The NFL has issued a news release confirming it will hold a hearing to hear testimony from former players and their representatives on the issue of concussion in the NFL.
Former quarterback Troy Aikman and former NFL player Mike Webster are scheduled to appear before the NFL Commission on Concussion and Concussion Research and Diagnosis (CCDC) on Thursday, April 29.
They are scheduled in person at the hearing, according to the NFL’s announcement.
Webster will testify by video and audio.
In January, Webster told NFL Network that he was “in disbelief” after watching former New York Giants and San Francisco 49ers quarterback Eli Manning play in the 2009 AFC Championship Game.
He said Manning and the rest of the team had played through the first two weeks of the season without any symptoms and said the team was playing at its best when it came to their recovery.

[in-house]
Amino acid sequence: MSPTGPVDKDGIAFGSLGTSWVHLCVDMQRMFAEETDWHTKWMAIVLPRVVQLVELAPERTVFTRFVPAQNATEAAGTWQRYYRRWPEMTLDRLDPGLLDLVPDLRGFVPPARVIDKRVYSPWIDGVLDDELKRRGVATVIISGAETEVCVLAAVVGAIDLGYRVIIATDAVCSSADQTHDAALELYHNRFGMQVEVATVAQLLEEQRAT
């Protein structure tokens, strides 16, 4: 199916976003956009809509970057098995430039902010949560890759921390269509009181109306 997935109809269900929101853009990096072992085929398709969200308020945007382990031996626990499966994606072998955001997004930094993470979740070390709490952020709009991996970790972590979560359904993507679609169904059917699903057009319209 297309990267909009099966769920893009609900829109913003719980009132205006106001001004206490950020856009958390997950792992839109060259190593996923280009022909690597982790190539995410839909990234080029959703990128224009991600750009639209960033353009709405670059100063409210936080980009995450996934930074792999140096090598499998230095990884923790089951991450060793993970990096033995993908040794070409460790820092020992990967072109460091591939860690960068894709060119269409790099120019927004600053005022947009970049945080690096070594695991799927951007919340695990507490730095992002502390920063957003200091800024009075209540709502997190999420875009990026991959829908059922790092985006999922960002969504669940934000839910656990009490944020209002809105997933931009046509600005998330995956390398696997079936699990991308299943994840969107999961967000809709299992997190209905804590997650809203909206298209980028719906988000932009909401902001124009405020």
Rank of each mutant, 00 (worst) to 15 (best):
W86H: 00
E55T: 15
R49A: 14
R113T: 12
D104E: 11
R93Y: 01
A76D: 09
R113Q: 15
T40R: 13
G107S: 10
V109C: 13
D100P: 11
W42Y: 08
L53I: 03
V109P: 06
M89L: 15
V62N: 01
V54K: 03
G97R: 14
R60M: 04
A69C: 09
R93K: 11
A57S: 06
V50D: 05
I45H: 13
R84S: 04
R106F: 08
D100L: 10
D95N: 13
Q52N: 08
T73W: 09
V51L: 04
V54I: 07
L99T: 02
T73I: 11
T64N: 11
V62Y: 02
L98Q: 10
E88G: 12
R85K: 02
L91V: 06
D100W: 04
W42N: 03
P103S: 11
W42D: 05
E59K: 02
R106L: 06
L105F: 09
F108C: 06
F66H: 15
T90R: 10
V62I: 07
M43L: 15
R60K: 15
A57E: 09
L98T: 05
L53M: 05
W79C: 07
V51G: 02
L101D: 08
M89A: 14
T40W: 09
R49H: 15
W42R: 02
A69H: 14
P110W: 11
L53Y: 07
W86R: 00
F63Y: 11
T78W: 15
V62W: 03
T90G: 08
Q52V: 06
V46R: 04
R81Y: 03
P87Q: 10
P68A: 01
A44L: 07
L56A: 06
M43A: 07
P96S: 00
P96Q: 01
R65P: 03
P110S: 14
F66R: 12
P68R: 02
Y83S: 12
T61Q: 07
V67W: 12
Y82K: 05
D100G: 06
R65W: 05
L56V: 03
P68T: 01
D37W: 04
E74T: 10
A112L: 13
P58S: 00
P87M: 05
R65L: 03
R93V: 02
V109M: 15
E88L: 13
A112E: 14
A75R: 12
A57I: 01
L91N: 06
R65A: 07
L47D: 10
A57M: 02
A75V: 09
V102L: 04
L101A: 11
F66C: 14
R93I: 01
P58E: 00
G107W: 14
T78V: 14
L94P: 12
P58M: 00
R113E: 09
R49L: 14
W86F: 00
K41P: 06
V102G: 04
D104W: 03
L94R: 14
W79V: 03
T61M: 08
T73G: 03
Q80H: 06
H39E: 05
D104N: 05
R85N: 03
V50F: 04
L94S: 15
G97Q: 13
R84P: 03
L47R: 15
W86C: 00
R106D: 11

Webster said Manning told him he believed the NFL would soon be able to identify and treat concussions and the team needed to do more.
“They’ve got to be honest,” Webster said of the NFL when asked what he believed.
“It’s a very dangerous game, and we need to make sure that we’re doing everything we can to protect the game.
That’s the bottom line.”
In March, Webster tweeted he was considering retiring from the NFL because of concussions, but he didn’t announce his decision until April.
He told Fox Sports Live on March 28 that he felt Manning was an example for other players who played professionally and did not disclose concussions.
The NFL said in a statement that Webster would speak on behalf of the league and that he will be given the opportunity to respond to the issues raised in the hearing.
The hearing will be held at the University of Virginia’s School of Medicine, which is known for its expertise in concussion research and treatment.
Webster has a doctorate in neuroscience and psychology from the University at Buffalo and is a former NFL referee and medical advisor.
He has previously served as a consultant to the New York Jets and New England Patriots.